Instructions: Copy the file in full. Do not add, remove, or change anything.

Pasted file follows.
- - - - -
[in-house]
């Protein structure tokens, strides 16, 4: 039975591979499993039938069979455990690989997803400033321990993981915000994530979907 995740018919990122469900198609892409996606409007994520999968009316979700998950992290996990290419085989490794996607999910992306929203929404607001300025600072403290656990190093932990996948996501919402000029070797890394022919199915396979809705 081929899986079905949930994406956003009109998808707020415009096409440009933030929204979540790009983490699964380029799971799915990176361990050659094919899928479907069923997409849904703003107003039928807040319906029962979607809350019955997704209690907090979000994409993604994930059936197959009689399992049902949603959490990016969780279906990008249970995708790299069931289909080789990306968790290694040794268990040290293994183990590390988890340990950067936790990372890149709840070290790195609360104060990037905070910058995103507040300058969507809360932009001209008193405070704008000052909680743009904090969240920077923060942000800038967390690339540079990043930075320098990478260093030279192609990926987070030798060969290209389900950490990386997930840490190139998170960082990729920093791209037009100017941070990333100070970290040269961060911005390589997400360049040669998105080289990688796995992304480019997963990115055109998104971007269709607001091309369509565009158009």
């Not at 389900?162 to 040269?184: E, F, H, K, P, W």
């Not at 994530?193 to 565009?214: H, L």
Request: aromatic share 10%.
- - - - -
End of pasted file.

[in-house]
């Protein structure tokens, strides 16, 4: 039975591979499993039938069979455990690989997803400033321990993981915000994530979907 995740018919990122469900198609892409996606409007994520999968009316979700998950992290996990290419085989490794996607999910992306929203929404607001300025600072403290656990190093932990996948996501919402000029070797890394022919199915396979809705 081929899986079905949930994406956003009109998808707020415009096409440009933030929204979540790009983490699964380029799971799915990176361990050659094919899928479907069923997409849904703003107003039928807040319906029962979607809350019955997704209690907090979000994409993604994930059936197959009689399992049902949603959490990016969780279906990008249970995708790299069931289909080789990306968790290694040794268990040290293994183990590390988890340990950067936790990372890149709840070290790195609360104060990037905070910058995103507040300058969507809360932009001209008193405070704008000052909680743009904090969240920077923060942000800038967390690339540079990043930075320098990478260093030279192609990926987070030798060969290209389900950490990386997930840490190139998170960082990729920093791209037009100017941070990333100070970290040269961060911005390589997400360049040669998105080289990688796995992304480019997963990115055109998104971007269709607001091309369509565009158009």
């Not at 389900?162 to 040269?184: E, F, H, K, P, W």
């Not at 994530?193 to 565009?214: H, L």
Request: aromatic share 10%.